An alternative, but less plausible, construction of the trial court's remarks is that the court was saying that MacAdam's actions failed as a community-caretaking exercise, not because they effected a seizure, but because they lacked a proper public-safety rationale.

This reasoning, too, would have been erroneous, but not as obviously so as the prior alternative. First, as a general matter, Illinois cases have recognized that police have a valid public- safety reason for investigating vehicles stopped along roadways and that the activation of emergency lights is consistent with this purpose. The State cites several of these decisions, including McDonough, Robinson, and Laake.

In McDonough, 239 Ill. 2d at 262, the officer came upon a car at 7:30 p.m. stopped on the river-side shoulder of Route 100, a four-lane road along the Mississippi River. The officer decided to check whether the occupants of the car needed assistance. Id. As the officer pulled onto the shoulder behind the car, he activated his emergency lights because, as the officer testified, it was dark and there was "heavy traffic." Id. at 262-63. The officer spoke to the defendant and, " '[w]ithin a matter of seconds,' " came to believe that he was intoxicated. Id. at 263. As in the present case, the State conceded that the defendant was seized when the officer activated the emergency lights. Id. at 271.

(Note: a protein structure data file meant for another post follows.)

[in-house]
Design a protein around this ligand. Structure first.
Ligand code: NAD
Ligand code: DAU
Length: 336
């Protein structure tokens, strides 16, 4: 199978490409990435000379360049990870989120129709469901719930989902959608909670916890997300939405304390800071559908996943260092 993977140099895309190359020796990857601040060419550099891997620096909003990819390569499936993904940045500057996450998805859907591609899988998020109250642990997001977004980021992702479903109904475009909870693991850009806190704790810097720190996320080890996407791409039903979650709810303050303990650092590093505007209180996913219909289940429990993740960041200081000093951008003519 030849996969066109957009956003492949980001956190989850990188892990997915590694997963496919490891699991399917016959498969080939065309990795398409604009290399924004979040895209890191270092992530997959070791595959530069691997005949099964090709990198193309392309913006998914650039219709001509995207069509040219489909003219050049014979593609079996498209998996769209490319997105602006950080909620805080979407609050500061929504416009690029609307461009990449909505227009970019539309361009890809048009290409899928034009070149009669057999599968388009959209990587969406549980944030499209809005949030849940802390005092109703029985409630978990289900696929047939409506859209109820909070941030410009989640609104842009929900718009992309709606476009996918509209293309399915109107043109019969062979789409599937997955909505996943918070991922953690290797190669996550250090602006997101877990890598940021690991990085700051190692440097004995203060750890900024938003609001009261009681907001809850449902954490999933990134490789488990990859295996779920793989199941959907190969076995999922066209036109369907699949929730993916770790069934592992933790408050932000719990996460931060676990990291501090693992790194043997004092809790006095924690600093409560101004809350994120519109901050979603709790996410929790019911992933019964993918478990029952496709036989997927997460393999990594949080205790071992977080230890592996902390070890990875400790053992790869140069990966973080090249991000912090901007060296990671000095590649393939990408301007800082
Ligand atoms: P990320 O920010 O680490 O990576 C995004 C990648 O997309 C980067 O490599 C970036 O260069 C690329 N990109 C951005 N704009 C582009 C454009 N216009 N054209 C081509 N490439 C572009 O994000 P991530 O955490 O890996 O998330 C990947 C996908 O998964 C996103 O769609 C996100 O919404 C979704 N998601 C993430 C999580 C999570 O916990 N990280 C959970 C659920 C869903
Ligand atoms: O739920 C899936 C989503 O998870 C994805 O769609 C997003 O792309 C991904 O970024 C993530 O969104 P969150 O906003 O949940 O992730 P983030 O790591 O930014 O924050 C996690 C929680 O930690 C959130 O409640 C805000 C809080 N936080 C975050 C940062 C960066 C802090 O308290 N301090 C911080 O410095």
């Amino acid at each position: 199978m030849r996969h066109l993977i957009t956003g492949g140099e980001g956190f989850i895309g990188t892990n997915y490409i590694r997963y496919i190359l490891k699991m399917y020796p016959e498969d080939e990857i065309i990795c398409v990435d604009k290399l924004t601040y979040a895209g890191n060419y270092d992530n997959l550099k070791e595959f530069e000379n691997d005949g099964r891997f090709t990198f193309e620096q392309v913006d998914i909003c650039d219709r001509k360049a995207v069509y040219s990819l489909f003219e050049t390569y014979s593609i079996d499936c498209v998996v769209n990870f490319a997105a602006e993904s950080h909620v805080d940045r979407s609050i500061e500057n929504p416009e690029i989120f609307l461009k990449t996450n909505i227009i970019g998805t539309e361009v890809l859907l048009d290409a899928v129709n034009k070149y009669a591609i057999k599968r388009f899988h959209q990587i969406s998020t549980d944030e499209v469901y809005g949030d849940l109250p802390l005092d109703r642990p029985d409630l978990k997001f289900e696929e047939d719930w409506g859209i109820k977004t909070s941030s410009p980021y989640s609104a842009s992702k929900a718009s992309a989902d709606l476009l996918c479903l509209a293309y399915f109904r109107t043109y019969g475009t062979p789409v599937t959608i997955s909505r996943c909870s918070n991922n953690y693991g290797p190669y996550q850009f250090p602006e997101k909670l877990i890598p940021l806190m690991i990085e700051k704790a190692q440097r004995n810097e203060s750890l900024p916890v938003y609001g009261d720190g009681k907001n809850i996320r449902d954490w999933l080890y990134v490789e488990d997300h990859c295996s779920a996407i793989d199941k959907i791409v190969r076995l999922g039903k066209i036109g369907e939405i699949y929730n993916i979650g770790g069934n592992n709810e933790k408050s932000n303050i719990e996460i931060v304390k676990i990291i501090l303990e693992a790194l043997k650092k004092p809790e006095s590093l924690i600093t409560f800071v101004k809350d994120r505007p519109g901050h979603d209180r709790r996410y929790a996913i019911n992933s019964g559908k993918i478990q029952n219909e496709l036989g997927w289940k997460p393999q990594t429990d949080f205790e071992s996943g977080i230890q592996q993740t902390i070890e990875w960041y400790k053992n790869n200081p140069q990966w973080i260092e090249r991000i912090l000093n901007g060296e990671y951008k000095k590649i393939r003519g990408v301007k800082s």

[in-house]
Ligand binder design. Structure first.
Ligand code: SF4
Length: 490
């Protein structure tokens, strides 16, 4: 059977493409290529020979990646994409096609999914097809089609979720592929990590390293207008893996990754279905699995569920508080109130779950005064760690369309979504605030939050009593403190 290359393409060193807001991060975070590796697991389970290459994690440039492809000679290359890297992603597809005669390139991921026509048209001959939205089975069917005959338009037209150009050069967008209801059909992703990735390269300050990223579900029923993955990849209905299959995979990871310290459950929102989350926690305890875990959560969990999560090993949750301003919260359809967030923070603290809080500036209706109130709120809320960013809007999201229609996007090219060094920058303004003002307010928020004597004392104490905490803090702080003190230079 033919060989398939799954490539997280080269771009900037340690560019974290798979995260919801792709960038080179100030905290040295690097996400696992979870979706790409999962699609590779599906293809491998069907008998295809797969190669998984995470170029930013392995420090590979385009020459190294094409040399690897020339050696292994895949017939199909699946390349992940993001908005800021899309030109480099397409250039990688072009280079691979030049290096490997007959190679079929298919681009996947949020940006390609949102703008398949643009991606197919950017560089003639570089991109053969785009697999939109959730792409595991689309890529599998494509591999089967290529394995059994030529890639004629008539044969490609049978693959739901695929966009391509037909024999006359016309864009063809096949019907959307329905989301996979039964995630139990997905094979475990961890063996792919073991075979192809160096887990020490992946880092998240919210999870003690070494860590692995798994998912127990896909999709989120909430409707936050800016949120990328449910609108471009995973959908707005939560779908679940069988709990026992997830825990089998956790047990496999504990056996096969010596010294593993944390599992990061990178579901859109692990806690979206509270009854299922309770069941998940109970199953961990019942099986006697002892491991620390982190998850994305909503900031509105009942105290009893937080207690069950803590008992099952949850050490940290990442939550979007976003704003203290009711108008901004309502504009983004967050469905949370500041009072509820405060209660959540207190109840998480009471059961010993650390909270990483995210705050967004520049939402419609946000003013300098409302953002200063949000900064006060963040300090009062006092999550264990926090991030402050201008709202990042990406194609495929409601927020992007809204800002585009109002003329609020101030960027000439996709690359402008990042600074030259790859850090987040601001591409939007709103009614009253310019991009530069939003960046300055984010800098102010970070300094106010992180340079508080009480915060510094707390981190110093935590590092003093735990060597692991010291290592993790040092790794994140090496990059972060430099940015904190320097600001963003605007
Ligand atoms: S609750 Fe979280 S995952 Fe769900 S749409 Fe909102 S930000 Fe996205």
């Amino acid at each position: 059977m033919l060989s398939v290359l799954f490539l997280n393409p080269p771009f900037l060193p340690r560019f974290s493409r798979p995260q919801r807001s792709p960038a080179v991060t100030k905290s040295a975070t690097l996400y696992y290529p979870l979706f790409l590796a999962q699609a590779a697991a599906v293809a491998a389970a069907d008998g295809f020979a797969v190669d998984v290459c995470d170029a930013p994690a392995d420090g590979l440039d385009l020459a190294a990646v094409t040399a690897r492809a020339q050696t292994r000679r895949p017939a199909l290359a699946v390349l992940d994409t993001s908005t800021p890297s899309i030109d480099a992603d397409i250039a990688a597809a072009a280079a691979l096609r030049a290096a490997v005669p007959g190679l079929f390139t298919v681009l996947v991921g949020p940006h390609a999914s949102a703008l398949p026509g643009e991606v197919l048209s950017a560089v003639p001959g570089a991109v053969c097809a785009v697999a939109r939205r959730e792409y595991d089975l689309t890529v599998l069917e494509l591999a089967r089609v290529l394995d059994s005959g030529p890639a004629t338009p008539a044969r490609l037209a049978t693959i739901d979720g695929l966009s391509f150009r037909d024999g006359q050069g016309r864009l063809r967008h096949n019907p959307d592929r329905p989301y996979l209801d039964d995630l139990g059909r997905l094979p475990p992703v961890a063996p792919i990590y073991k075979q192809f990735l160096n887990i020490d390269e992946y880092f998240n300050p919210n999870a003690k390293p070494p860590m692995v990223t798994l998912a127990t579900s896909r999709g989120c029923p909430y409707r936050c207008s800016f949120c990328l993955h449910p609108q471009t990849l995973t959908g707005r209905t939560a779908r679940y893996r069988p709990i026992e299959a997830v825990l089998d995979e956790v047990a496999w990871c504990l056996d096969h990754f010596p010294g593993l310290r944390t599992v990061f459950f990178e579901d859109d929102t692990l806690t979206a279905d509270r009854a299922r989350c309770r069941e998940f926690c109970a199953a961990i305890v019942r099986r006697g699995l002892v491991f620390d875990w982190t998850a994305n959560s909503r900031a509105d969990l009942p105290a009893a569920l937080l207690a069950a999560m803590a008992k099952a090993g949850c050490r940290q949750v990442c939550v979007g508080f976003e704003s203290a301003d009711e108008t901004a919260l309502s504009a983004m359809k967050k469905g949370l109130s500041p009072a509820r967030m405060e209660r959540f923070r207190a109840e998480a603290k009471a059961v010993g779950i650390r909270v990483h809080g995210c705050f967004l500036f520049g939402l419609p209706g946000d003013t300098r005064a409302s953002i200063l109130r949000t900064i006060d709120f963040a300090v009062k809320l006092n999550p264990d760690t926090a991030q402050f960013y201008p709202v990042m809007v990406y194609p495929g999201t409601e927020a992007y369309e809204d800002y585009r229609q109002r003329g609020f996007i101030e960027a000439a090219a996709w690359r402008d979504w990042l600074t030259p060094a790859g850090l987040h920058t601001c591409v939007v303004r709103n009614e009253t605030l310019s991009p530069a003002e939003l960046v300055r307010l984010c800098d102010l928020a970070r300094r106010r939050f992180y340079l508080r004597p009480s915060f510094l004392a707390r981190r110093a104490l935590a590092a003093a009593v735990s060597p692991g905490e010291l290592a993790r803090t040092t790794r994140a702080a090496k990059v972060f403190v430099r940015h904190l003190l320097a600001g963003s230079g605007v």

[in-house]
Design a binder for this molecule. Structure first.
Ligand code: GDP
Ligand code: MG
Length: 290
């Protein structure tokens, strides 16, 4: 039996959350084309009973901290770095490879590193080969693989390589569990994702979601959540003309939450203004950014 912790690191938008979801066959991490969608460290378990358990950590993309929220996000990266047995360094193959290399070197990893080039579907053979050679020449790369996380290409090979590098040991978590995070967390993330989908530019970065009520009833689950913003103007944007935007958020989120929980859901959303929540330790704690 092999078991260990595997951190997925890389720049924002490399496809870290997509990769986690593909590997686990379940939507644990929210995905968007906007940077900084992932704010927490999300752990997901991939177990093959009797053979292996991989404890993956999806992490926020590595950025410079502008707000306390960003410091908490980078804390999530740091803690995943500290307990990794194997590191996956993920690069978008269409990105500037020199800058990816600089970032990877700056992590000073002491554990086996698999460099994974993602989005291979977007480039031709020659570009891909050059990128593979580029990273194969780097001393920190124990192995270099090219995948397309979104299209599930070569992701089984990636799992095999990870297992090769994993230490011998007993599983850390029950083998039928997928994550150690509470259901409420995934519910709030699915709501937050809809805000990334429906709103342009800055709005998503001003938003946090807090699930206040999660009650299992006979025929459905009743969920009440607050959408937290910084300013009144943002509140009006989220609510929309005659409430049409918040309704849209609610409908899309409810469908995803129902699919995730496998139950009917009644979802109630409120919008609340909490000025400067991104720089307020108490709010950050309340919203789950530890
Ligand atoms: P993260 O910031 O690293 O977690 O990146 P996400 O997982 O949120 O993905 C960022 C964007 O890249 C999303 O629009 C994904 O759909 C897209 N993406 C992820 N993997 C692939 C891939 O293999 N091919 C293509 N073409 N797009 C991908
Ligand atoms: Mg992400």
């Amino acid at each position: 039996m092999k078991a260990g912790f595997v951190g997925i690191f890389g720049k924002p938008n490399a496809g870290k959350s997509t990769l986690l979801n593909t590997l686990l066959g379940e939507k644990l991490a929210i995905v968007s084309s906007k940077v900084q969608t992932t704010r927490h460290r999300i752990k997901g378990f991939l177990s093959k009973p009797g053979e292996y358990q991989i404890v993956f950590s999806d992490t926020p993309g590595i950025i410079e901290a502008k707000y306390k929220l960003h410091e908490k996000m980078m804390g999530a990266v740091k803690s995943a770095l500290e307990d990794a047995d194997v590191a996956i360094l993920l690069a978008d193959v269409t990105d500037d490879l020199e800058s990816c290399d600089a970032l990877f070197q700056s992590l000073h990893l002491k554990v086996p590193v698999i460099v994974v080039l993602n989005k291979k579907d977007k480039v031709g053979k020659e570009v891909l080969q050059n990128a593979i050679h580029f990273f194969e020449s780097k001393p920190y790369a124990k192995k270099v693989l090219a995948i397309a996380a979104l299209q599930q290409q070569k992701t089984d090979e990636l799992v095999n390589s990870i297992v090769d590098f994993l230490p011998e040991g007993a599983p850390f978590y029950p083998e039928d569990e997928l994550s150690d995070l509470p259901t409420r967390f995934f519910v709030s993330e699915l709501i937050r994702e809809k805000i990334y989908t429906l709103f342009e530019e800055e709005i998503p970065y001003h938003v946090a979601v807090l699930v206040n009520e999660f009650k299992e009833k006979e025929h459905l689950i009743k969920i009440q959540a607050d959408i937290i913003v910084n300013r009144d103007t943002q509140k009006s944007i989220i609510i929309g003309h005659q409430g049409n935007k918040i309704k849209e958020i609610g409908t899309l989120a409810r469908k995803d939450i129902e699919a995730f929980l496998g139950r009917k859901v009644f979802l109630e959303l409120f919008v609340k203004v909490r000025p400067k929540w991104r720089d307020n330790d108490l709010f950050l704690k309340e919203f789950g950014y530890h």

The supreme court in McDonough held that the seizure was justified on communitycaretaking grounds. Applying a two-part test (quoted above), the court held, first, that the officer's actions were unrelated to the investigation of crime, as the officer approached the car "to offer any aid required under the circumstances" and activated his emergency lights because it was dark and there was heavy traffic. Id. at 273. Second, the officer's actions were reasonably related to public safety, as it "was reasonable for [the officer] to approach defendant's vehicle to offer any aid required under the circumstances." Id. The court explained: